I wanted to share a message from Mohan Mehra, Board President, and Peter Berns, Chief Executive Officer, concerning the article in the New York Times, “In State Care, 1,200 Deaths and Few Answers.”



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The New York Times coverage of safety and people with disabilities
We wanted to make sure you are aware of the recent New York Times article, “In State Care, 1,200 Deaths and Few Answers.”The article examines 1,200 deaths over a ten year period that resulted from unnatural causes in group homes operated by the state government and private providers, including a local chapter of The Arc. Examples are given of tragic incidents involving choking and drowning, among other causes.As the nation’s largest organization working on behalf of individuals with intellectual and developmental disabilities and their families, we all share the conviction that any death or injury as a result of abuse or neglect of an individual receiving our services is simply unacceptable. Our common goal is to provide the best possible services and supports while making safety a top priority.

The Arc has been in touch with NYSARC to offer our assistance and support. We have learned that a Quality Standards Committee has been established by the NYSARC Board of Governors and is developing policies and procedures to ensure corporate review of any chapter deficiencies and is establishing corporate quality standards.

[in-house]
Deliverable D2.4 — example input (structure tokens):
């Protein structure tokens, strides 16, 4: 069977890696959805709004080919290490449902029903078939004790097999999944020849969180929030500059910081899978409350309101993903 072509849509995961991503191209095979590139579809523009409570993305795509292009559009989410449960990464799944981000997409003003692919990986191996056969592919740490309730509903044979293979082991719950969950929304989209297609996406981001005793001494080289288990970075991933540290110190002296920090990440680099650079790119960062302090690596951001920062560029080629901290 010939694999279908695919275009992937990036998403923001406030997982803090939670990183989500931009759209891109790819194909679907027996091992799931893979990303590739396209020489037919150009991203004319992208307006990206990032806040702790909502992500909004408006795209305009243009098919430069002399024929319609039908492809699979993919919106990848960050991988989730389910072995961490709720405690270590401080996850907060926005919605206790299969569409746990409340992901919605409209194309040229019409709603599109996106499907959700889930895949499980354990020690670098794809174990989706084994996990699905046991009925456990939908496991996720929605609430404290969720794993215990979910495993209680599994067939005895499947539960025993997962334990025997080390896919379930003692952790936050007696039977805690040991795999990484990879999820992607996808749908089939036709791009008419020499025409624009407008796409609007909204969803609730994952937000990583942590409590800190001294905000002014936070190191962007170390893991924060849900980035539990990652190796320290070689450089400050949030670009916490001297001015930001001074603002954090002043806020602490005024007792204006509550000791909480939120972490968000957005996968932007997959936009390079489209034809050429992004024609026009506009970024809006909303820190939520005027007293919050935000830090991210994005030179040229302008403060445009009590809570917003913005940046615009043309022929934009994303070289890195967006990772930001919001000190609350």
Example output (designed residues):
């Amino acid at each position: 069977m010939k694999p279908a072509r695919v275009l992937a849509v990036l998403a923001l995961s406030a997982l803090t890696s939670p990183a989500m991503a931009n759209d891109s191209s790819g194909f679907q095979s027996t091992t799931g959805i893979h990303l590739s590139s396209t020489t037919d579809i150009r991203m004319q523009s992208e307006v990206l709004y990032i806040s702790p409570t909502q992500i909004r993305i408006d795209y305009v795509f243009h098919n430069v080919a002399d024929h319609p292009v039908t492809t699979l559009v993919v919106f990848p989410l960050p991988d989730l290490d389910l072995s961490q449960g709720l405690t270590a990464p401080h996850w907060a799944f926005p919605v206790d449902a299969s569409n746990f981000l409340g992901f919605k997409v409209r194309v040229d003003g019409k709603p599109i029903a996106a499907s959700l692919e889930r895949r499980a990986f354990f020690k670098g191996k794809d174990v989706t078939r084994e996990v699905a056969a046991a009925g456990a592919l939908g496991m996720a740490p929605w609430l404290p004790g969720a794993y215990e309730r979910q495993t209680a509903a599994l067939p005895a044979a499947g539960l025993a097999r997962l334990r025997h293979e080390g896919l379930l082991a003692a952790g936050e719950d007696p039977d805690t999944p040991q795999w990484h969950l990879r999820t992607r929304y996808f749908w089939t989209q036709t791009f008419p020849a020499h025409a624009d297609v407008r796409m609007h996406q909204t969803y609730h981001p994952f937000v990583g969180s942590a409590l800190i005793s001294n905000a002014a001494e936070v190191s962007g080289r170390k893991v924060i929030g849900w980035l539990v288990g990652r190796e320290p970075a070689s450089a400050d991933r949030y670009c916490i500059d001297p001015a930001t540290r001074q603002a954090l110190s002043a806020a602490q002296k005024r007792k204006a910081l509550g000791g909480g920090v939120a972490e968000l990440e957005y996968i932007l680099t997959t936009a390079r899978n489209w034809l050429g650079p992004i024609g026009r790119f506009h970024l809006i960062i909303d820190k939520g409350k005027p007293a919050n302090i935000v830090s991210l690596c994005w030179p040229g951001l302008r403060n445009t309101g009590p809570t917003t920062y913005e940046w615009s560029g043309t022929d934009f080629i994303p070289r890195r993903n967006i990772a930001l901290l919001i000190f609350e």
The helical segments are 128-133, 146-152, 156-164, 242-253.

We want to encourage you, as leaders of our more than 700 chapters throughout the country, to use the occasion of this disturbing news coverage as an opportunity to reexamine your operations and reflect. While all human services providers should have quality and risk management systems in place and should be regularly reviewing safety protocols and operating procedures, is there more that your chapter can or should be doing to reduce the risk of incidents like this taking place? Are there improvements that could be made in incident reporting and review? Is there a need for more staff training? Do you have a crisis management plan in place to guide staff in the event of a crisis, including responding to the authorities and to the media?

The Arc’s national staff is available to provide guidance and be a sounding board as we continue our work to ensure that people with intellectual and developmental disabilities receive the services and supports that allow them to live the kind of life we all want for people with disabilities. We will be reflecting on what we should do with educational programming, technical assistance or other services to help our chapters reduce the likelihood of tragedies taking place in the future. Please share your ideas about what would be helpful to you by email to Peter at berns@thearc.org or Director of Chapter Excellence, Laurie Ertz at ertz@thearc.org.
In the wake of the New York Times coverage you may find that your local media become interested in the services system for people with intellectual and developmental disabilities. For questions about or assistance with responding to the media, contact Communications Director Kristen McKiernan, mckiernan@thearc.org.

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